1. The petitioners in this case are a Hindu deity and his shebaits. It appears that the deity Sri Sri Sridhar Jiew is the owner of premises Nos. 128. 129, 130. 130/1, 131/2 and 132 Canning Street. Calcutta. It will thus appear that the ownership of the deity extended to six different municipal premises numbered as above. These premises were assessed separately. On or about the 20-9-1956 a notice was issued by the Deputy Commissioner II of the Corporation of Calcutta, in respect of these premises, under Section 175 read with proviso (i) to Section 207 (2) of the Calcutta Municipal Act 1951. It was a notice to the effect that the said premises were proposed to be amalgamated into one single municipal premises, numbered as 128 Canning Street, for purposes of valuation from the fourth quarter of 1956-57. It was further stated that any person dissatisfied with the proposed amalgamation may make his objection. Objection was preferred on behalf of the deity acting through his shebaits. On or about 27-10-1956 there was a hearing of the objection. On or about 9-1-1957, notice was issued under Section 180 of the said Act, by the Assessor to the Corporation, stating that the valuation of the amalgamated premises had been revised and the premises had been assessed at an annual value of Rs. 4465/- and that anybody objecting to it might prefer his objection according to law. The position as to amalgamation is as follows.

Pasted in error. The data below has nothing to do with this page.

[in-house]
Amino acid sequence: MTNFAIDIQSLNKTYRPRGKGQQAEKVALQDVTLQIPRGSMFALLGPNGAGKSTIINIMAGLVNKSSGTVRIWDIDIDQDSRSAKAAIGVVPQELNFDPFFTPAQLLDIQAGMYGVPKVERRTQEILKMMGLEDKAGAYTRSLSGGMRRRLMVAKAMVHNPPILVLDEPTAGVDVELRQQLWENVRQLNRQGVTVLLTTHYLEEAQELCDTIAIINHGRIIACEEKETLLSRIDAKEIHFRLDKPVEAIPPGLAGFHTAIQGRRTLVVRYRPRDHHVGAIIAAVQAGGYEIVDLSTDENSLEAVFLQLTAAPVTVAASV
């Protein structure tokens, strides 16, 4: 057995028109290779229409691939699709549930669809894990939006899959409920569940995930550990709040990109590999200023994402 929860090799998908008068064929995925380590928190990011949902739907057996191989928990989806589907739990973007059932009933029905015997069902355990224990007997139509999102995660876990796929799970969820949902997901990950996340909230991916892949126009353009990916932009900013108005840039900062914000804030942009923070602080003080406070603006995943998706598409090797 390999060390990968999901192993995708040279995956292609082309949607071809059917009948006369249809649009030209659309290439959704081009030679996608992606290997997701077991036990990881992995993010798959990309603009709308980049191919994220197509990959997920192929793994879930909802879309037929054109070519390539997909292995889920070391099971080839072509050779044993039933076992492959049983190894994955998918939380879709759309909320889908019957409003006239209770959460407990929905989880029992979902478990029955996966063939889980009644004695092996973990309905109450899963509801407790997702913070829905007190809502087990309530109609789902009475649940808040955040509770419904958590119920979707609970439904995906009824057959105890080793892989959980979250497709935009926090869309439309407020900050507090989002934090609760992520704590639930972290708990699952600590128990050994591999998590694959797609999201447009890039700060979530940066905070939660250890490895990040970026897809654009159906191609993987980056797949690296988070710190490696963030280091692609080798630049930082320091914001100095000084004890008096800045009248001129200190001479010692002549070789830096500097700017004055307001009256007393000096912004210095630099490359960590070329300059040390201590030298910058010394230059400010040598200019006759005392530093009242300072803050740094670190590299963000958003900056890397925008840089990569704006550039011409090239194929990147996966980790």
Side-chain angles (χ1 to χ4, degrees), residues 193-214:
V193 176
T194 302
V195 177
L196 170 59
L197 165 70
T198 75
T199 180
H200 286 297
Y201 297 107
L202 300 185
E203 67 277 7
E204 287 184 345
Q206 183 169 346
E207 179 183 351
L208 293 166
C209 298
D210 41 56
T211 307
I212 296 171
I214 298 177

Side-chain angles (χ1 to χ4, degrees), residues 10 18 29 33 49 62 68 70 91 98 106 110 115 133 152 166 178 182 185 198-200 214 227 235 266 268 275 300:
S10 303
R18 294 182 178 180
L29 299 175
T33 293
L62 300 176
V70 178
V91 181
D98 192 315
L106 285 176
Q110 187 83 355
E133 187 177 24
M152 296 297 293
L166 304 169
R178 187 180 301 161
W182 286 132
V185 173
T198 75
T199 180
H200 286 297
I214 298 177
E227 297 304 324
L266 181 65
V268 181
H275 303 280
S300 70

2. Previous to the passing of the Calcutta Municipal Act, 1951, it did not matter much to the Corporation if one single premises was split up into more than one. In fact, premises which were let cut to separate tenants were usually assessed separately as different municipal premises. Under the amended Act, there is a olockate and it is to the interest of the Corporation that so far as practicable there should be as little subdivision as is possible. Therefore, buildings which are in fact one building but subdivided into many premises, have now been amalgamated again into one unit, thus increasing the municipal valuation. This is what has happened in this case also. The objection taken here is similar to the objection in the case of Arathoon Mackertoon Arathoon v. Corporation of Calcutta : AIR1957Cal79 (A). The point is as to whether the Commissioner has the power to amalgamate the premises and make an assessment on the footing of such amalgamation. In my judgment in the above case, I have held that reading Section 175, together with the proviso to Section 207 (2) of the Calcutta Municipal Act. 1951 I am inclined to the opinion that the Commissioner has the power of amalgamation of municipal premises and to make assessment of such amalgamated premises. In that case I stilted that for the purposes thereof it was not necessary finally to determine the point. However I see no reason to change my opinion upon the point, and I must hold that the Commissioner has such power. I must however hasten to correct one error that has crept into that decision. Either by reason of a typographical error or inadvertently it has been stated that power under Section 175 cannot be delegated, under Section 34 of the Act. Although it did not in any way affect the actual decision, this was not correct, because under Section 34 this power can be delegated. In Arathoon's case (A), (supra), it was in fact not delegated. My decision was followed by G.K. Mitter. J.. in Corporation of Calcutta v. Mohammed Ommer, Suit No. 4600 of 1951, DA 29-3-1956 (Cal) (B). In that case also it appeared that there was no valid delegation. The position, therefore is as follows :